Blake Lively and the art of preserving and selling your artisinal celebrity lifestyle

Blake Livley arriving at The 2014 CFDA Fashion Awards on June 2, 2014 in New York City.

Blake Livley arriving at The 2014 CFDA Fashion Awards on June 2, 2014 in New York City. Photo: NCP/Star Max

Former Gossip Girl star and self-anointed 'celebrity homemaker'  Blake Lively, 26, launched her new lifestyle website, Preserve.us on Tuesday. Promising to preserve 'taste', 'style', 'home' and 'intimacy' by, you know, selling stuff, the site uses the word ‘artisan’ a lot and reflects an artisan’s sensibility with a capital A. Think, sipping bacon-smoked whiskey from a Mason jar around a campfire somewhere in the starlit Mid West ...  of Brooklyn. You’re wearing an authentic Sioux fringed jacket and leaning on your bearded lover's artfully tattooed shoulder while he captures the tableau on his Instagram through a sepia filter. (#Gettingbacktomyroots.) You're listening to Neil Young's Harvest and singing along to every third song. Like who cares? The guy wore great hats! And you can too - for $349.99!

Okay, look. Launching a website is hard and judging it in its first week is snarky, I admit. Because who knows how well it will do? UK newspaper The Guardian has called it 'another pandering mess of e-commerce' which is harsh. Indeed, most reviews are a little meh.

When really, why so meh? Just because there are already celeb lifestyle sites out there doesn't mean there can't be another.Besides, these are simply online extensions of what's been happening since Michael Jackson sang and danced for Pepsi back in 1984 – a super expensive celebrity endorsement where the risk of getting burned is high.

Lively's editor's letter at her newly launched site, Preserve.

Lively's editor's letter at her newly launched site, Preserve.

Sorry. He really did get burned

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Lively seems aware of just how severely the whole 'I'm-a-celeb-get-me-a-lifestyle-blog' thing is critiqued, so she launched a reconnaissance mission months beforehand, sprinkling anecdotes in interviews about how she idolises Martha Stewart and loves nothing more than baking and entertaining. Then, via this month's US Vogue cover story, she went the full fedora, talking about how her mother tilled the fields down south.

And now, on every square pixel of the site, Lively seems to be yelling through a native buffalo's horn, 'THIS IS NOT GOOP.' She's even refusing to call it a site, saying it's more like … a street? Which is nonsensical but understandable - Gwyneth Paltrow is one of the more hated celebrities on the planet.

A screengrab from Gwyneth Paltrow's lifestyle site, Goop.

A screengrab from Gwyneth Paltrow's lifestyle site, Goop.

Gwyneth comes from established fame and money. The thing is, so does Lively. Her father and mother are actors. Lively was born in California and made her acting debut at 11. But she's going to great pains to paint herself over as a Prairie Girl – via Portlandia. Obviously so we won't scream at her that we can't afford her stupid, rich, fancy bull dust!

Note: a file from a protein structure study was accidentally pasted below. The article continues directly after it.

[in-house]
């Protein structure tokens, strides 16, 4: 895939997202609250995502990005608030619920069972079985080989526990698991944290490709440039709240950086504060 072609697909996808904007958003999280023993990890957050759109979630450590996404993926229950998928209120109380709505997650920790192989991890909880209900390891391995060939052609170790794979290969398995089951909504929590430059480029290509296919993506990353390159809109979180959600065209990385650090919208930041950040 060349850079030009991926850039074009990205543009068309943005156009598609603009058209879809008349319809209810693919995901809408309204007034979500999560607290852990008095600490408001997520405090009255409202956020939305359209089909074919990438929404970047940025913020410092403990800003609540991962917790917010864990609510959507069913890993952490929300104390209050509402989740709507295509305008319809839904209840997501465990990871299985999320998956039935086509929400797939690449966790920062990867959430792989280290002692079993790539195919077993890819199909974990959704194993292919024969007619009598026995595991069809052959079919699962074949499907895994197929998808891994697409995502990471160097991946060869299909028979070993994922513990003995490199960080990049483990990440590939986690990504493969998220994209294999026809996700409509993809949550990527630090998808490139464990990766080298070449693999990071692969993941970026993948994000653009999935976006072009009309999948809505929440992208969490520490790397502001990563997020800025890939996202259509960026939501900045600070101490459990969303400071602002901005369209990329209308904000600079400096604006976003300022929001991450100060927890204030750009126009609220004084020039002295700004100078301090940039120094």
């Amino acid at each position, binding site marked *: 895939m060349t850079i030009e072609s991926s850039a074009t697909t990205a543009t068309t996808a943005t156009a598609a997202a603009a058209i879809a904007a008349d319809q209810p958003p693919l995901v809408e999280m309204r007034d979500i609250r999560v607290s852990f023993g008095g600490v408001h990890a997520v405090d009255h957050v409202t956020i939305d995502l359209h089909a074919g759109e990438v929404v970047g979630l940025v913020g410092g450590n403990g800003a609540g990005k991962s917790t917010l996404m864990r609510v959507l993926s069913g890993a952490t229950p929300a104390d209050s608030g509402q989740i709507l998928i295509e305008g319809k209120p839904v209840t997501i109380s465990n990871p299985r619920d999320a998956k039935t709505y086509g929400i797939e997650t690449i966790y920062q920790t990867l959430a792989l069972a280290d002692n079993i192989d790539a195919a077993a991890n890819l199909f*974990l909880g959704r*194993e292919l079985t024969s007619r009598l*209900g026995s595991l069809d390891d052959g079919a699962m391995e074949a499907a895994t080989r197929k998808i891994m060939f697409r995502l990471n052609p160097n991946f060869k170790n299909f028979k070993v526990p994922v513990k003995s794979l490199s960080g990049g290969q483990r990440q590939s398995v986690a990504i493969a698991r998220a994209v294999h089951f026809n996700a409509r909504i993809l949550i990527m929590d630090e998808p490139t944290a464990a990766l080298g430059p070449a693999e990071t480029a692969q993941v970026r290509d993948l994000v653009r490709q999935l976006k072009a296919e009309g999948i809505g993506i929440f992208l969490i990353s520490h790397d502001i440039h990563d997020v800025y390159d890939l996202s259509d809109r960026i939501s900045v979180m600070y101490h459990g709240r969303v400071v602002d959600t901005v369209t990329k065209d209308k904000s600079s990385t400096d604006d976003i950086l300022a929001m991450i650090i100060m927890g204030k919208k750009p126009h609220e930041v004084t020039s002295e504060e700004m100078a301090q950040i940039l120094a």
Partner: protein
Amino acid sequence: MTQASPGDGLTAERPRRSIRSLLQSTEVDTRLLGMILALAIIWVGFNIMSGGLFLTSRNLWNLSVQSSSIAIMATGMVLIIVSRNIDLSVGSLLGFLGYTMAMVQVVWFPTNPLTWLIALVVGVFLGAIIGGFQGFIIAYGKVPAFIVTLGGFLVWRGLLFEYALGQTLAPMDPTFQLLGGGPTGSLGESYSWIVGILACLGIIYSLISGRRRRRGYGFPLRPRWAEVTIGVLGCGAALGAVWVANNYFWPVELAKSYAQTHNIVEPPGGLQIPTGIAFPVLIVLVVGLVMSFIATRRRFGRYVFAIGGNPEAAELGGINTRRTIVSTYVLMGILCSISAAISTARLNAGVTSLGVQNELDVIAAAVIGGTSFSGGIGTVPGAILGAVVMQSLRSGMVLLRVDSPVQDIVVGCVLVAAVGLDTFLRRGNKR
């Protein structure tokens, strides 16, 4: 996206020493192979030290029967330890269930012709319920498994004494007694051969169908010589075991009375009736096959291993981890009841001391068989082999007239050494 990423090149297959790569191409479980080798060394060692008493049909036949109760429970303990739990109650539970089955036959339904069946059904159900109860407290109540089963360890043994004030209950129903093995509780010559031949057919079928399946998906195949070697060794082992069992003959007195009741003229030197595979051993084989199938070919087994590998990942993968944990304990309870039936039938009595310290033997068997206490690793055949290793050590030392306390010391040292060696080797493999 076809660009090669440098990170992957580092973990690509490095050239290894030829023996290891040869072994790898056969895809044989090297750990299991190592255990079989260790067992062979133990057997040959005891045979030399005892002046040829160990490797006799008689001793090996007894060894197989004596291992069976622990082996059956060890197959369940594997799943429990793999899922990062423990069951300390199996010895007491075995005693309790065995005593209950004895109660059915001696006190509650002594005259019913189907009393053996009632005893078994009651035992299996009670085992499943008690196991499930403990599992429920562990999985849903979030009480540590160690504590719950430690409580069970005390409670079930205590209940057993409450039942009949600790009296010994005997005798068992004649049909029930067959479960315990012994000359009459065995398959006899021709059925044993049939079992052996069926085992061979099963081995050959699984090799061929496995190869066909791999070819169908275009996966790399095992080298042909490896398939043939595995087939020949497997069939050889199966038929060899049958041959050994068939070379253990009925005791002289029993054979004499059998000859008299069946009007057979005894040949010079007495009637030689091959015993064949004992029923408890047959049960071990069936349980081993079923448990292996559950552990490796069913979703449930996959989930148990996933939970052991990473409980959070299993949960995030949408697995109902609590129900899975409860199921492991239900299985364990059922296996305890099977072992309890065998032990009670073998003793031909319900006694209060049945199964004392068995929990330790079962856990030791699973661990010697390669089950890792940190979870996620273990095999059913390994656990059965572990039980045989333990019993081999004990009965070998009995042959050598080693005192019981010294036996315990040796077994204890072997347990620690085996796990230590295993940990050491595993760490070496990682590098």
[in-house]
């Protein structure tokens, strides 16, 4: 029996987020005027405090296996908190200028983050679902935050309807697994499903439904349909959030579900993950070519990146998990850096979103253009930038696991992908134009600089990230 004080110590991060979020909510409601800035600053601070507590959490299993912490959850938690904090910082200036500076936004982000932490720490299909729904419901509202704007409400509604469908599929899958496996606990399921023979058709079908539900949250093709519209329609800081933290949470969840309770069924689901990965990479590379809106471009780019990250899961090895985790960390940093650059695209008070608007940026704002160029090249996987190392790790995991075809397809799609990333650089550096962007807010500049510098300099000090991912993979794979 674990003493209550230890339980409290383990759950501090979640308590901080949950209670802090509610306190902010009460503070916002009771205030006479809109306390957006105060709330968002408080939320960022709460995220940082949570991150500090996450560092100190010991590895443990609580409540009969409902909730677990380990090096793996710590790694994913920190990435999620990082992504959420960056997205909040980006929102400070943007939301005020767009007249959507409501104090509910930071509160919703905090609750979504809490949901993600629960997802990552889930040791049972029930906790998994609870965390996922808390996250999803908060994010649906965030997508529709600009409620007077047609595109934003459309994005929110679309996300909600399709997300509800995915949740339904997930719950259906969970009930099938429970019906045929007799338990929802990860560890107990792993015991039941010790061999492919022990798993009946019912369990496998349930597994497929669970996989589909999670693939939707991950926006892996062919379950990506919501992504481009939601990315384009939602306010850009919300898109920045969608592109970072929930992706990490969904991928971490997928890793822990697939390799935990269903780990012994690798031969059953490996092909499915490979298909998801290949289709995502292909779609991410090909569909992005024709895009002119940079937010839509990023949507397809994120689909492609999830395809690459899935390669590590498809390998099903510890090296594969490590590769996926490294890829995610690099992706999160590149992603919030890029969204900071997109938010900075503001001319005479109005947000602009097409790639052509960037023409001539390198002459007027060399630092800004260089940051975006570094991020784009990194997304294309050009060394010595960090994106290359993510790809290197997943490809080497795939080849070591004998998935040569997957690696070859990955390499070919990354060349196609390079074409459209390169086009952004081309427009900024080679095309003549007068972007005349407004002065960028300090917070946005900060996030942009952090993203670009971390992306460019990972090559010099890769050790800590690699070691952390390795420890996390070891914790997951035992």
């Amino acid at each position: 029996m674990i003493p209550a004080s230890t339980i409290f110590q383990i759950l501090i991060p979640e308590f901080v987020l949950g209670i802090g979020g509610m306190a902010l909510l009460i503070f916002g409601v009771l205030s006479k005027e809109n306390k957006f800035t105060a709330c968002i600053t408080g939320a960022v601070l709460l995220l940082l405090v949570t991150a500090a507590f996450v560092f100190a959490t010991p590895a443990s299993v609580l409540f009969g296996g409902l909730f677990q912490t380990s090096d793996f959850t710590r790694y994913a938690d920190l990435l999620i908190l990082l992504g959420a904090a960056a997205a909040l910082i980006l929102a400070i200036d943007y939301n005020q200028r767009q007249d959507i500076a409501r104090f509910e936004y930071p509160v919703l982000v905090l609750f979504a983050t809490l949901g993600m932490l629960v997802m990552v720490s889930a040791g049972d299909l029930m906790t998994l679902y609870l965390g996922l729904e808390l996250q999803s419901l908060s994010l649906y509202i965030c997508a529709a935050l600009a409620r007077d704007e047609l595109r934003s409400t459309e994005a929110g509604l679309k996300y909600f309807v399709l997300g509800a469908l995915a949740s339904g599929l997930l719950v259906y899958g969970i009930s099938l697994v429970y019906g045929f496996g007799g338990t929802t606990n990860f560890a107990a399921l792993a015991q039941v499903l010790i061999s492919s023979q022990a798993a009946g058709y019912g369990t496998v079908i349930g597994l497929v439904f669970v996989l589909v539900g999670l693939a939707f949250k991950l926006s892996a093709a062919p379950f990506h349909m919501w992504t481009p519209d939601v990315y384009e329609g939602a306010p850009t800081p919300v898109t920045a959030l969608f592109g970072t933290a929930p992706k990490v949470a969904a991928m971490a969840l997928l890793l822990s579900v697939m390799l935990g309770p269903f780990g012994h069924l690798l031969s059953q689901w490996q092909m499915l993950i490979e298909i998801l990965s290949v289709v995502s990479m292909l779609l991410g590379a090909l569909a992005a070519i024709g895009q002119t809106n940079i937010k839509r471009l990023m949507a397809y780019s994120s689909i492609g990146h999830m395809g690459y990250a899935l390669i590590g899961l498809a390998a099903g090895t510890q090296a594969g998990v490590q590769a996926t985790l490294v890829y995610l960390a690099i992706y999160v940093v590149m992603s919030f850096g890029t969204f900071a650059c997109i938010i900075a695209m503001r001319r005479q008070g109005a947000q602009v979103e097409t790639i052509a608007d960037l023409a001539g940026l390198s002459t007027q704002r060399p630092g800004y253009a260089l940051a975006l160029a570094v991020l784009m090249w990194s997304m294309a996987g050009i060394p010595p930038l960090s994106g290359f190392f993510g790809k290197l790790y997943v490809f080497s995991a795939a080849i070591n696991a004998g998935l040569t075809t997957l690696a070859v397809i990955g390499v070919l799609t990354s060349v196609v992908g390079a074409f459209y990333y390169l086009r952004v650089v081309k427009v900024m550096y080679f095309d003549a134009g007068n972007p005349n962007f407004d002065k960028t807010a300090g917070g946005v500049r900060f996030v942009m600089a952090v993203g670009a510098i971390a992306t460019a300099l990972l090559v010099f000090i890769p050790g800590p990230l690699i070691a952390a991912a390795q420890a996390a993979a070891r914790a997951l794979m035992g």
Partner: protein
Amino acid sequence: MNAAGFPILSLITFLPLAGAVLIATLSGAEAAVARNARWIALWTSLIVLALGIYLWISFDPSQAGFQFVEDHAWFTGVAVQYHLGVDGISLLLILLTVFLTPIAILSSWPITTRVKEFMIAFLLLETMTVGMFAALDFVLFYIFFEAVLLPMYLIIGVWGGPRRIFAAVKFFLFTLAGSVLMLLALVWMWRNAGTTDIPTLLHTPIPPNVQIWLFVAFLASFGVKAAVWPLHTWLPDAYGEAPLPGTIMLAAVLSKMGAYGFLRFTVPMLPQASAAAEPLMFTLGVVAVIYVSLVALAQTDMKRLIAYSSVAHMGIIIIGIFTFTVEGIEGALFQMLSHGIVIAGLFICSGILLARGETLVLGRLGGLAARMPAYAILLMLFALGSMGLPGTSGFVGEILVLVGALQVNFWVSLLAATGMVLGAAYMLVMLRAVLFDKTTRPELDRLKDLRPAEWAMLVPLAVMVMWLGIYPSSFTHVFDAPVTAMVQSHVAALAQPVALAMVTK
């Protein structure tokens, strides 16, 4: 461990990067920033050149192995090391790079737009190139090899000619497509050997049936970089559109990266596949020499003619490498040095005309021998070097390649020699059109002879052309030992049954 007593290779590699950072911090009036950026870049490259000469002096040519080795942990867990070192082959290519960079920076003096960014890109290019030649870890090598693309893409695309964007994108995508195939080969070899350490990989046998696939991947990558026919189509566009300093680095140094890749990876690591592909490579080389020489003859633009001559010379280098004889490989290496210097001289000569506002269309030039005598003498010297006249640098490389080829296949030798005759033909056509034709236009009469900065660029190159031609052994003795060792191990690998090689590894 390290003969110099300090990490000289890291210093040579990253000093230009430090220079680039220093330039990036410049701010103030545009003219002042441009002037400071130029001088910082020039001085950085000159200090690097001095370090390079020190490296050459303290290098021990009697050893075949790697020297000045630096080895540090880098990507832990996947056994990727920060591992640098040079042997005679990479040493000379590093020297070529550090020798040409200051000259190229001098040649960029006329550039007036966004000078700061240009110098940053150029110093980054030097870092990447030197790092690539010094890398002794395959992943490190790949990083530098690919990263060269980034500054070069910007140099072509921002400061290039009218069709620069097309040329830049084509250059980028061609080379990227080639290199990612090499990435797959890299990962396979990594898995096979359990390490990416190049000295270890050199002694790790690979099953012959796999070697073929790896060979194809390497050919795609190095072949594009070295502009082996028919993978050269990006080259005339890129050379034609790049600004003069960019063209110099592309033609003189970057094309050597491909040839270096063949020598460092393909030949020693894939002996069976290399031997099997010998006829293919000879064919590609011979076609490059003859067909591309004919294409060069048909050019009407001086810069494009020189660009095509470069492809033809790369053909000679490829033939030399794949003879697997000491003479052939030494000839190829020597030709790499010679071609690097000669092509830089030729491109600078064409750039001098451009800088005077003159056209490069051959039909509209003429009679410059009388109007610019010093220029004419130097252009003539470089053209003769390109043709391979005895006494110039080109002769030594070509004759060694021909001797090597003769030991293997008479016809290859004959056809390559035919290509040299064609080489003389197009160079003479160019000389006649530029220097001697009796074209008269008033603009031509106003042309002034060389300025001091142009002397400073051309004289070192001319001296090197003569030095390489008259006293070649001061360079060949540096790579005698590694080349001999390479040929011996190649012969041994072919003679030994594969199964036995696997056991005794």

Lively's editor's letter is overflowing with the type of earnest humility not seen since your high school prefect accepted the award for best all-rounder, '“I’m no editor, no artisan, no expert," she writes, surprisingly without a quill. But nobody who genuinely believes that about themselves sells a bottle of BBQ sauce on their site for $25

Then, in what looks like a slightly defensive measure against accusations of privilege, Lively has devoted one section of the site to the 'Greater Good', pledging to give back to Covenant House,her husband Ryan Reynolds' pet charity. Lively has said his fingerprints will be all over the site. Well, I might be wrong but I'd bet my white feather earring Reynolds wrote this entry, in which it's claimed that the best thing about the Jazz Age were the hats

Lively's US Vogue cover to mark the launch of her new website, Preserve.

Lively's US Vogue cover to mark the launch of her new website, Preserve.

Ummm. Are you sure? 

I digress. The point I wish to make is that Gwyneth has never squandered her elitism for the sake of spruiking her wares. Paltrow has been attacked for saying stuff like '“I am who I am. I can’t pretend to be somebody who makes $25,000 a year.” Which ok is jarring but at least it’s truthful. And us commoners can’t get enough.

For proof check out this GOOP video of Gwyneth and Stella McCartney holding a party for their joint venture while dozens of mega-famous friends flitter like moths all over Paltrow's blue lawn.

Gwyneth understands something Blake does not want to admit to: when all the noise dies down about a ‘snobby actress's taste' there remains one constant: aspiration.

People say they hate Gwyneth but secretly? They don’t.

 It's just like when people claim to only care about hard news but then they keep clicking on the gossip section. It's why the clothes on Goop always sell out and Paltrow's cookbooks are best-sellers. 

For an actress so proud of campaigning for Democrat Barack Obama she devoted a section to it on her Wikipedia page, Lively is acting a lot like a Republican. Remember Ronald Regan was an actor who spent most of his life in California. But that didn't stop him wandering around in cowboy hats riding horses on his ranch for the press.

All of this is not to say that people can't identify with something different to who they are. It's just that the whole point of celebrity websites is the celebrity. You live a #Blessed life Blake, why not own it? As the queen of online aspiration, Beyonce, once advised Paltrow about her Grammy debut, “The singing is great. But you’re not having any fun."

'Remember when we were at Jay’s concert … and you do your crazy Indian dance? Do that. Be you!’”

Be you, Blake Lively. Be you.